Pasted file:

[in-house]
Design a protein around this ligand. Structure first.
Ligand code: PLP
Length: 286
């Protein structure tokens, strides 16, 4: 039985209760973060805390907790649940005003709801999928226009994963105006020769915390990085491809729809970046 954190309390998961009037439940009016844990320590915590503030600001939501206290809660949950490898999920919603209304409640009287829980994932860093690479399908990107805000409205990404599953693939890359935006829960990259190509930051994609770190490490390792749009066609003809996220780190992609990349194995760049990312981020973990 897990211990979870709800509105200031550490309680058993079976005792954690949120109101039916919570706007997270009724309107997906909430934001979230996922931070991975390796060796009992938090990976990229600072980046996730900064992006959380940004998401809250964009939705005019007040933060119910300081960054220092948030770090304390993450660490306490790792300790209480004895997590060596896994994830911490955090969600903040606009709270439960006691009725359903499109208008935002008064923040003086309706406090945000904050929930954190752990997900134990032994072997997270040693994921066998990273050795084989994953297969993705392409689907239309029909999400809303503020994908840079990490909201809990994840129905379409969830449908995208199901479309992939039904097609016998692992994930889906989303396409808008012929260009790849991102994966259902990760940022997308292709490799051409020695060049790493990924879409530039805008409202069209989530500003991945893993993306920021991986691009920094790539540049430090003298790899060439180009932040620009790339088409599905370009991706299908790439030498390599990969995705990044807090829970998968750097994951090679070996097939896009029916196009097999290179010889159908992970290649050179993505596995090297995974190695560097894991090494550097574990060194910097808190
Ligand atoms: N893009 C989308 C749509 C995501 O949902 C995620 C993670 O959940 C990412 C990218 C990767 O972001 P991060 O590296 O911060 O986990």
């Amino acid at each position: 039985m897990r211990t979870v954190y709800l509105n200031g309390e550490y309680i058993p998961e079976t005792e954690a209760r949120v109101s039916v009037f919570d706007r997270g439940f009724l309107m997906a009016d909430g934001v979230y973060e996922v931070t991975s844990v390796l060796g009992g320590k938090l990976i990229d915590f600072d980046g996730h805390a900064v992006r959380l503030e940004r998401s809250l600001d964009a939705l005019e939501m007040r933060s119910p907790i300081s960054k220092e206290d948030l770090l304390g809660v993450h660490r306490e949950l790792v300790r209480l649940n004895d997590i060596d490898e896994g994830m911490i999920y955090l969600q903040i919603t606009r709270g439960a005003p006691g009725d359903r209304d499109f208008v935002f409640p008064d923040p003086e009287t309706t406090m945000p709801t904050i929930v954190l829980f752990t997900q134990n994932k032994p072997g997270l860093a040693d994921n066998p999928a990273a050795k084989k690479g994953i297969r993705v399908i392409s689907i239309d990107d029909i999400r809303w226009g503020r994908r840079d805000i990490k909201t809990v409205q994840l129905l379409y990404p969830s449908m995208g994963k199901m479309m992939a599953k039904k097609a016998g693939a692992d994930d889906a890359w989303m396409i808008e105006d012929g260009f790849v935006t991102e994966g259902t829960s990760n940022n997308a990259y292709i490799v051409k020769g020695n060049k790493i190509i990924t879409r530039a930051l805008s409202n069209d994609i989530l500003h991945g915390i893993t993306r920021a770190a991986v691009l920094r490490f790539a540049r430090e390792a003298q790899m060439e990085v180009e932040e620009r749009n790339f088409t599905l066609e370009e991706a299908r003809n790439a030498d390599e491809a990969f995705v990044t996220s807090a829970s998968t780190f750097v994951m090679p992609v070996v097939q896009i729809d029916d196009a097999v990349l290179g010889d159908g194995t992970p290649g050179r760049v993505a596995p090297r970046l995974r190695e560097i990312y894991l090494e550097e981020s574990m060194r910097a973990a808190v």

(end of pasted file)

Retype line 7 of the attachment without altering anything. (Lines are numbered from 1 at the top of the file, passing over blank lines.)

């Amino acid at each position: 039985m897990r211990t979870v954190y709800l509105n200031g309390e550490y309680i058993p998961e079976t005792e954690a209760r949120v109101s039916v009037f919570d706007r997270g439940f009724l309107m997906a009016d909430g934001v979230y973060e996922v931070t991975s844990v390796l060796g009992g320590k938090l990976i990229d915590f600072d980046g996730h805390a900064v992006r959380l503030e940004r998401s809250l600001d964009a939705l005019e939501m007040r933060s119910p907790i300081s960054k220092e206290d948030l770090l304390g809660v993450h660490r306490e949950l790792v300790r209480l649940n004895d997590i060596d490898e896994g994830m911490i999920y955090l969600q903040i919603t606009r709270g439960a005003p006691g009725d359903r209304d499109f208008v935002f409640p008064d923040p003086e009287t309706t406090m945000p709801t904050i929930v954190l829980f752990t997900q134990n994932k032994p072997g997270l860093a040693d994921n066998p999928a990273a050795k084989k690479g994953i297969r993705v399908i392409s689907i239309d990107d029909i999400r809303w226009g503020r994908r840079d805000i990490k909201t809990v409205q994840l129905l379409y990404p969830s449908m995208g994963k199901m479309m992939a599953k039904k097609a016998g693939a692992d994930d889906a890359w989303m396409i808008e105006d012929g260009f790849v935006t991102e994966g259902t829960s990760n940022n997308a990259y292709i490799v051409k020769g020695n060049k790493i190509i990924t879409r530039a930051l805008s409202n069209d994609i989530l500003h991945g915390i893993t993306r920021a770190a991986v691009l920094r490490f790539a540049r430090e390792a003298q790899m060439e990085v180009e932040e620009r749009n790339f088409t599905l066609e370009e991706a299908r003809n790439a030498d390599e491809a990969f995705v990044t996220s807090a829970s998968t780190f750097v994951m090679p992609v070996v097939q896009i729809d029916d196009a097999v990349l290179g010889d159908g194995t992970p290649g050179r760049v993505a596995p090297r970046l995974r190695e560097i990312y894991l090494e550097e981020s574990m060194r910097a973990a808190v």